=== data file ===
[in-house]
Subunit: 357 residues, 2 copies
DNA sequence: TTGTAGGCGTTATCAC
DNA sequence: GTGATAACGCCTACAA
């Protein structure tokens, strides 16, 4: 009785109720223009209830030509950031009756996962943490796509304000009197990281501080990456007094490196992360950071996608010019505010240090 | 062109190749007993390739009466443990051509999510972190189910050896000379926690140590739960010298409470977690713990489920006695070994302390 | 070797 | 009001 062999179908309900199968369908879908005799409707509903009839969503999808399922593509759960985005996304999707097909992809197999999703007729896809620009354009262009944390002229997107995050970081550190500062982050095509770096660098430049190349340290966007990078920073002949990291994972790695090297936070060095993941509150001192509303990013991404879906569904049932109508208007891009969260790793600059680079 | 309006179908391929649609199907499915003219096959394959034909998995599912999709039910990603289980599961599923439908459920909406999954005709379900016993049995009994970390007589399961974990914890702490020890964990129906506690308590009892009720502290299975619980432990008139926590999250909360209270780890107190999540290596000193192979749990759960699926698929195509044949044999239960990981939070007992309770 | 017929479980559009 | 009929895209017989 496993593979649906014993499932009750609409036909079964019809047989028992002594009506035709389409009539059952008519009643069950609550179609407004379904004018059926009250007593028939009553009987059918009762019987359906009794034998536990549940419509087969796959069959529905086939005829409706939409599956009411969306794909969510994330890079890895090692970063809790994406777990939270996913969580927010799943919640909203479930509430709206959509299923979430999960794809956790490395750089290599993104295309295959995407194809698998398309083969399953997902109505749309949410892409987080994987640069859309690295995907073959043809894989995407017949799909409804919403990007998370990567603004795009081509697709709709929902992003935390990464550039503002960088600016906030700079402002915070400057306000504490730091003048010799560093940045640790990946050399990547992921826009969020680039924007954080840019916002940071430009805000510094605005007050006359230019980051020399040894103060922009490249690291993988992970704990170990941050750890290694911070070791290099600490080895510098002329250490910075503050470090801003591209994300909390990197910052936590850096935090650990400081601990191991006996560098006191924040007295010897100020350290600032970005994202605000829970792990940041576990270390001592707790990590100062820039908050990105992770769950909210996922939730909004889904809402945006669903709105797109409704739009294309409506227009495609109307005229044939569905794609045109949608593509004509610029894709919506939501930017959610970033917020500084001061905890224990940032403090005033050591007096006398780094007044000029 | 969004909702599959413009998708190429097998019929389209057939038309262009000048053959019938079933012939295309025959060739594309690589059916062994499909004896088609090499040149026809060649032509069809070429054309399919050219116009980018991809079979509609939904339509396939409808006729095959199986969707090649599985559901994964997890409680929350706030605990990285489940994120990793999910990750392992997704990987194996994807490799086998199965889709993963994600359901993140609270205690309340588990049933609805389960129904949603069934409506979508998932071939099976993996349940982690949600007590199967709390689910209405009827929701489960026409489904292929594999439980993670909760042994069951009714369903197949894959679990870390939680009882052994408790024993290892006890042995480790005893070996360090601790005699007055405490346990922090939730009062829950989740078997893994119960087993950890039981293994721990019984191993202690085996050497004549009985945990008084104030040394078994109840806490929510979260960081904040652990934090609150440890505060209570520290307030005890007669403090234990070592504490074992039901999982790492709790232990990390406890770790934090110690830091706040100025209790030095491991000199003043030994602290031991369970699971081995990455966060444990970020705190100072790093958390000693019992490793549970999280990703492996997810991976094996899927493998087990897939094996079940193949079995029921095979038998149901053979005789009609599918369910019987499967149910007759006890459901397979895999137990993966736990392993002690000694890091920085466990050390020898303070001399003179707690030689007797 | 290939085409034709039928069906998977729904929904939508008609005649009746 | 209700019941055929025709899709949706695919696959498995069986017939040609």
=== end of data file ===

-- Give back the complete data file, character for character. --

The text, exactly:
[in-house]
Subunit: 357 residues, 2 copies
DNA sequence: TTGTAGGCGTTATCAC
DNA sequence: GTGATAACGCCTACAA
């Protein structure tokens, strides 16, 4: 009785109720223009209830030509950031009756996962943490796509304000009197990281501080990456007094490196992360950071996608010019505010240090 | 062109190749007993390739009466443990051509999510972190189910050896000379926690140590739960010298409470977690713990489920006695070994302390 | 070797 | 009001 062999179908309900199968369908879908005799409707509903009839969503999808399922593509759960985005996304999707097909992809197999999703007729896809620009354009262009944390002229997107995050970081550190500062982050095509770096660098430049190349340290966007990078920073002949990291994972790695090297936070060095993941509150001192509303990013991404879906569904049932109508208007891009969260790793600059680079 | 309006179908391929649609199907499915003219096959394959034909998995599912999709039910990603289980599961599923439908459920909406999954005709379900016993049995009994970390007589399961974990914890702490020890964990129906506690308590009892009720502290299975619980432990008139926590999250909360209270780890107190999540290596000193192979749990759960699926698929195509044949044999239960990981939070007992309770 | 017929479980559009 | 009929895209017989 496993593979649906014993499932009750609409036909079964019809047989028992002594009506035709389409009539059952008519009643069950609550179609407004379904004018059926009250007593028939009553009987059918009762019987359906009794034998536990549940419509087969796959069959529905086939005829409706939409599956009411969306794909969510994330890079890895090692970063809790994406777990939270996913969580927010799943919640909203479930509430709206959509299923979430999960794809956790490395750089290599993104295309295959995407194809698998398309083969399953997902109505749309949410892409987080994987640069859309690295995907073959043809894989995407017949799909409804919403990007998370990567603004795009081509697709709709929902992003935390990464550039503002960088600016906030700079402002915070400057306000504490730091003048010799560093940045640790990946050399990547992921826009969020680039924007954080840019916002940071430009805000510094605005007050006359230019980051020399040894103060922009490249690291993988992970704990170990941050750890290694911070070791290099600490080895510098002329250490910075503050470090801003591209994300909390990197910052936590850096935090650990400081601990191991006996560098006191924040007295010897100020350290600032970005994202605000829970792990940041576990270390001592707790990590100062820039908050990105992770769950909210996922939730909004889904809402945006669903709105797109409704739009294309409506227009495609109307005229044939569905794609045109949608593509004509610029894709919506939501930017959610970033917020500084001061905890224990940032403090005033050591007096006398780094007044000029 | 969004909702599959413009998708190429097998019929389209057939038309262009000048053959019938079933012939295309025959060739594309690589059916062994499909004896088609090499040149026809060649032509069809070429054309399919050219116009980018991809079979509609939904339509396939409808006729095959199986969707090649599985559901994964997890409680929350706030605990990285489940994120990793999910990750392992997704990987194996994807490799086998199965889709993963994600359901993140609270205690309340588990049933609805389960129904949603069934409506979508998932071939099976993996349940982690949600007590199967709390689910209405009827929701489960026409489904292929594999439980993670909760042994069951009714369903197949894959679990870390939680009882052994408790024993290892006890042995480790005893070996360090601790005699007055405490346990922090939730009062829950989740078997893994119960087993950890039981293994721990019984191993202690085996050497004549009985945990008084104030040394078994109840806490929510979260960081904040652990934090609150440890505060209570520290307030005890007669403090234990070592504490074992039901999982790492709790232990990390406890770790934090110690830091706040100025209790030095491991000199003043030994602290031991369970699971081995990455966060444990970020705190100072790093958390000693019992490793549970999280990703492996997810991976094996899927493998087990897939094996079940193949079995029921095979038998149901053979005789009609599918369910019987499967149910007759006890459901397979895999137990993966736990392993002690000694890091920085466990050390020898303070001399003179707690030689007797 | 290939085409034709039928069906998977729904929904939508008609005649009746 | 209700019941055929025709899709949706695919696959498995069986017939040609």